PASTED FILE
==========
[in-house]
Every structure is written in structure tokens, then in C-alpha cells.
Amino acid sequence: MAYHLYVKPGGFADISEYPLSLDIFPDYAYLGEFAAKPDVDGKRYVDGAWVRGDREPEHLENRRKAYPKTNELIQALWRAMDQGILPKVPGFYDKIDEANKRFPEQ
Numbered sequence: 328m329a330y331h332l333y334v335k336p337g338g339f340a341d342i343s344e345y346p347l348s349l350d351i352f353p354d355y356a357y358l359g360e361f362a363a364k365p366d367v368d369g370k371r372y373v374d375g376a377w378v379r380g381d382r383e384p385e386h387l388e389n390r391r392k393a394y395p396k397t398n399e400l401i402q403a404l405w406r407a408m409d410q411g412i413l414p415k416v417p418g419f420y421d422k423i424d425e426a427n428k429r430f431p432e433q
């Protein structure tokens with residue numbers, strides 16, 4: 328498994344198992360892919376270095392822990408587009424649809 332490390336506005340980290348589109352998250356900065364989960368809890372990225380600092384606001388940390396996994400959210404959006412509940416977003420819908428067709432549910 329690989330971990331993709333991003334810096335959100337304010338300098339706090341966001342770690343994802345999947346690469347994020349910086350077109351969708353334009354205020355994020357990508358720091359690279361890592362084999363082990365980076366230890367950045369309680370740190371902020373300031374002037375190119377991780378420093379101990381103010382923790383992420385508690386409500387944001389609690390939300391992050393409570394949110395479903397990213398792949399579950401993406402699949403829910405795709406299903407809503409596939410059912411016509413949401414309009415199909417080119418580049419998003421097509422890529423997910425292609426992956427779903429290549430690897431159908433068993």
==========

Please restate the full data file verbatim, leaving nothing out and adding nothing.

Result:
[in-house]
Every structure is written in structure tokens, then in C-alpha cells.
Amino acid sequence: MAYHLYVKPGGFADISEYPLSLDIFPDYAYLGEFAAKPDVDGKRYVDGAWVRGDREPEHLENRRKAYPKTNELIQALWRAMDQGILPKVPGFYDKIDEANKRFPEQ
Numbered sequence: 328m329a330y331h332l333y334v335k336p337g338g339f340a341d342i343s344e345y346p347l348s349l350d351i352f353p354d355y356a357y358l359g360e361f362a363a364k365p366d367v368d369g370k371r372y373v374d375g376a377w378v379r380g381d382r383e384p385e386h387l388e389n390r391r392k393a394y395p396k397t398n399e400l401i402q403a404l405w406r407a408m409d410q411g412i413l414p415k416v417p418g419f420y421d422k423i424d425e426a427n428k429r430f431p432e433q
């Protein structure tokens with residue numbers, strides 16, 4: 328498994344198992360892919376270095392822990408587009424649809 332490390336506005340980290348589109352998250356900065364989960368809890372990225380600092384606001388940390396996994400959210404959006412509940416977003420819908428067709432549910 329690989330971990331993709333991003334810096335959100337304010338300098339706090341966001342770690343994802345999947346690469347994020349910086350077109351969708353334009354205020355994020357990508358720091359690279361890592362084999363082990365980076366230890367950045369309680370740190371902020373300031374002037375190119377991780378420093379101990381103010382923790383992420385508690386409500387944001389609690390939300391992050393409570394949110395479903397990213398792949399579950401993406402699949403829910405795709406299903407809503409596939410059912411016509413949401414309009415199909417080119418580049419998003421097509422890529423997910425292609426992956427779903429290549430690897431159908433068993």